WATCH: Little girl's cough turns out to be cancer

Daisy Wigginton was struck down with cold-like symptoms and her parents gave her Calpol and nursed her at home.

Thursday, 16th March 2017, 9:15 am
Updated Friday, 24th March 2017, 10:55 am
Daisy Wigginton in hospital

But when the cough became persistent, they took her to her GP, where doctors told them it was asthma and prescribed the four-year-old with an inhaler and steroids.

The treatment initially appeared to work but two weeks later the deep, chesty cough returned – and was even worse.

Her parents Darren and Ria Wigginton took her to A&E when she became lethargic and hot and she was immediately admitted to Southampton General Hospital.

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Daisy Wigginton in hospital

But doctors then made the bombshell discovery that she wasn’t suffering from asthma at all – but actually had cancer.

Daisy lives in Bracklesham Bay with her sisters Primrose, five, and baby Willow, three months.

She was diagnosed with a cancerous lymphoblastic lymphoma in her lung in November.

Since then, her parents have been juggling child care while she receives chemotherapy and steroids around the clock in hospital.

Daisy Wigginton in hospital

It has left the family in a worrying financial predicament and they have launched a GoFundMe campaign to help them through. Funds raised will be used to support the family in daily life and to buy equipment to improve the children’s lives on the ward, such as fridges and freezers for cold drinks and ice lollies.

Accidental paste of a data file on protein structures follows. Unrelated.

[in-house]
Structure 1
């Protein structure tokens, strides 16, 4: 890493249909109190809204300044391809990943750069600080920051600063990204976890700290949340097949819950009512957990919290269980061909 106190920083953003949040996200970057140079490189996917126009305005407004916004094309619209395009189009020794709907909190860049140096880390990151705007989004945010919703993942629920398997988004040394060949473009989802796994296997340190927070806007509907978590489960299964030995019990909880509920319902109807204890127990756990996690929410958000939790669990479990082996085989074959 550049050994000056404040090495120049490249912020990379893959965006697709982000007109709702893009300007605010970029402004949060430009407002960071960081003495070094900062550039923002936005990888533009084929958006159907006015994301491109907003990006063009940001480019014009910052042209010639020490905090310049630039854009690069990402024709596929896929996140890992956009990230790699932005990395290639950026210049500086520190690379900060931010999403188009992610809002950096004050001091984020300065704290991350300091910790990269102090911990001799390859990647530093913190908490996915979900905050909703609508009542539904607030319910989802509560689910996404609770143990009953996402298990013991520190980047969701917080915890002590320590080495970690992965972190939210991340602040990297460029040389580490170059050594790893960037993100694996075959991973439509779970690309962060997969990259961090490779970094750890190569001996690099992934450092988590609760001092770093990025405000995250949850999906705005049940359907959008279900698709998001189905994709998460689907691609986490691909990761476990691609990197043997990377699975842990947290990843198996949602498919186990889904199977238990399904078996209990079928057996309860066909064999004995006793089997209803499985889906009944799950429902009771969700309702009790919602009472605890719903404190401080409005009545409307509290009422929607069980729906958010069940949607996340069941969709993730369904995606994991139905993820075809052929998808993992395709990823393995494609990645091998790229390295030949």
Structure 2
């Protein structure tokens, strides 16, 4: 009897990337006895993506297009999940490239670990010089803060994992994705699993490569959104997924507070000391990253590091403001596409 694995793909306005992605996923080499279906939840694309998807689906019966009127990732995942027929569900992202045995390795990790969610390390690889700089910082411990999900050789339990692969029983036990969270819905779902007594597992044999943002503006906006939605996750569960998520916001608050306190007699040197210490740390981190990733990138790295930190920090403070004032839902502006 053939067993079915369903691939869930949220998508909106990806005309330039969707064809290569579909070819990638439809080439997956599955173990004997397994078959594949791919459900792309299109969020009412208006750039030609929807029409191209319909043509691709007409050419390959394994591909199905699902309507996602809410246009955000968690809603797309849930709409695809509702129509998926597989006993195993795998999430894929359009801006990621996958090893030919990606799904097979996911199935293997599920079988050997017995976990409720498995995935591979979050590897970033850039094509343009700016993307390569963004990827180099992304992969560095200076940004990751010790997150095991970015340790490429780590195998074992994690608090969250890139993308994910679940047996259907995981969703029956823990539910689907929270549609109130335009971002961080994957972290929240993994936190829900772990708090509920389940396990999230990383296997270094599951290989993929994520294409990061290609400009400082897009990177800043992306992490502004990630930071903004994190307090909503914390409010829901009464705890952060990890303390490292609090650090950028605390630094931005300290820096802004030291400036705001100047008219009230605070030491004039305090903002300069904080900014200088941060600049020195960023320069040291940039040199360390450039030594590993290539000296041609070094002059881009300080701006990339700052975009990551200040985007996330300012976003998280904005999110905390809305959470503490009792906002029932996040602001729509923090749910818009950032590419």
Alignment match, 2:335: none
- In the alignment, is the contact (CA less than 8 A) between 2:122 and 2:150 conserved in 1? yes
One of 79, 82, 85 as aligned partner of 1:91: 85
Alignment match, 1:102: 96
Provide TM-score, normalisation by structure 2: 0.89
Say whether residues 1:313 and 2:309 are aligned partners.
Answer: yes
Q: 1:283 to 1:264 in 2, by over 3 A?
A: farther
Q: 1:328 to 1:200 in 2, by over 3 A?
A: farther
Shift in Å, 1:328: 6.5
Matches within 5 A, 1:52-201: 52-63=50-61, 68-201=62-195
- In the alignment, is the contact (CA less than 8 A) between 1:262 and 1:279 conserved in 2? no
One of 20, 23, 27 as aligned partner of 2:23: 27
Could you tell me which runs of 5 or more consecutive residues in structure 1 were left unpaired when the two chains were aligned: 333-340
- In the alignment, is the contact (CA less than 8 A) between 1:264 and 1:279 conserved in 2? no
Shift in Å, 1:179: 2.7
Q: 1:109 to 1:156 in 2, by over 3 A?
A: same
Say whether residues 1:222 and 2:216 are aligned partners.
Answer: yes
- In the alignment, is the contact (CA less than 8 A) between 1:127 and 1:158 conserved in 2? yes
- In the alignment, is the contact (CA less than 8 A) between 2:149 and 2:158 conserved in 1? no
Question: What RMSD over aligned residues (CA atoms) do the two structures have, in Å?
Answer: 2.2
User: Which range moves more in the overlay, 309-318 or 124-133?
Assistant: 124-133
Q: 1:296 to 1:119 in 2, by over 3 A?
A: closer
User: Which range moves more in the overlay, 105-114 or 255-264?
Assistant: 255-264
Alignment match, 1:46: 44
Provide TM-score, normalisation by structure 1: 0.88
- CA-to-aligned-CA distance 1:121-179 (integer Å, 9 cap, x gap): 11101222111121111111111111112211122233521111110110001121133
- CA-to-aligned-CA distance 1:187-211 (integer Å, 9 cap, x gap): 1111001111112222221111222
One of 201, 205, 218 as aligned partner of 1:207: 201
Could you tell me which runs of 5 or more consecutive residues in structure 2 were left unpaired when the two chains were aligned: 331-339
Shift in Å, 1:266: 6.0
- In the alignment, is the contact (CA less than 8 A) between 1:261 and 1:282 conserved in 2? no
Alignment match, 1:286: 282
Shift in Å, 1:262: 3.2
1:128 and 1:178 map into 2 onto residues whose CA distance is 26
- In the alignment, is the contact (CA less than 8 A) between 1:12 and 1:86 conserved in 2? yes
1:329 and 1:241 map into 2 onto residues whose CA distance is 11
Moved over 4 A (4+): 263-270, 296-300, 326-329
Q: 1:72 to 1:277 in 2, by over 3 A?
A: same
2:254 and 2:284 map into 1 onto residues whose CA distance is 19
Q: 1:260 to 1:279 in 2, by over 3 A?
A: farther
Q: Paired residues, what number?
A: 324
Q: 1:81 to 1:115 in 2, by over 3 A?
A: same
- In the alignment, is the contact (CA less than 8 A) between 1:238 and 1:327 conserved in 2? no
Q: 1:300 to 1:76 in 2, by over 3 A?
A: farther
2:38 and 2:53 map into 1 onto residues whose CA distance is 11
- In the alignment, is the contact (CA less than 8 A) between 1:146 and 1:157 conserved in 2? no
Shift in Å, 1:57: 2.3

And a Dance4Daisy campaign was launched nationwide by Havant company The PE Suite, an innovative teaching resource that challenges children to a greater depth of learning.

The campaign aims to raise funds for four-year-old Daisy Wigginton from Bracklesham Bay, who has cancer, and the Howard One Ward, where she is receiving treatment.

Ria Wigginton, Daisy’s mum, said: ‘Daisy is so excited about the Dance4Daisy event.

‘She loves dancing to this song with her sister and can’t wait to see how many kids learn the routine for her. ‘I can’t wait to see her face as she watches it. We’re really grateful to all the schools who are keen to get involved and help raise funds to bring a bit of happiness to all the kids on the ward.’

Ria and husband Darren describe their daughter as a cheeky little thing. She had a persistent cough that was first diagnosed by the GP as a lower chest infection. Antibiotics did not help, so it was then diagnosed as asthma but the inhaler she was given did not work either. One weekend in November, she was lethargic and boiling hot, so was taken to A&E to been seen.

‘She just was not her usual self. After listening to her chest with a stethoscope, doctors were concerned that air was not coming out of one lung.

‘After having an X-ray, they could see that Daisy had a collapsed lung and a tumour squashing her airways. After more tests, biopsies and scans we were told that Daisy has T -cell lymphoblastic lymphoma, a type of cancer. Since this diagnosis, our worlds have fallen apart.’

Ria and Darren said they are unable work, as one of them always has to stay by Daisy’s side, day and night.

‘Everything seems a little too much for us at the moment and we are giving our all to make sure that Daisy gets better and beats this disease. Daisy should be living like any other child of her age but instead is in bed and very wobbly on her feet, feeling unwell and tired.

‘This is a huge contrast from the child that she once was - she loved being outdoors on her bike or playing with her sisters but now has lost all interest. We really could do with a little help to ease some of the burdens of life right now.’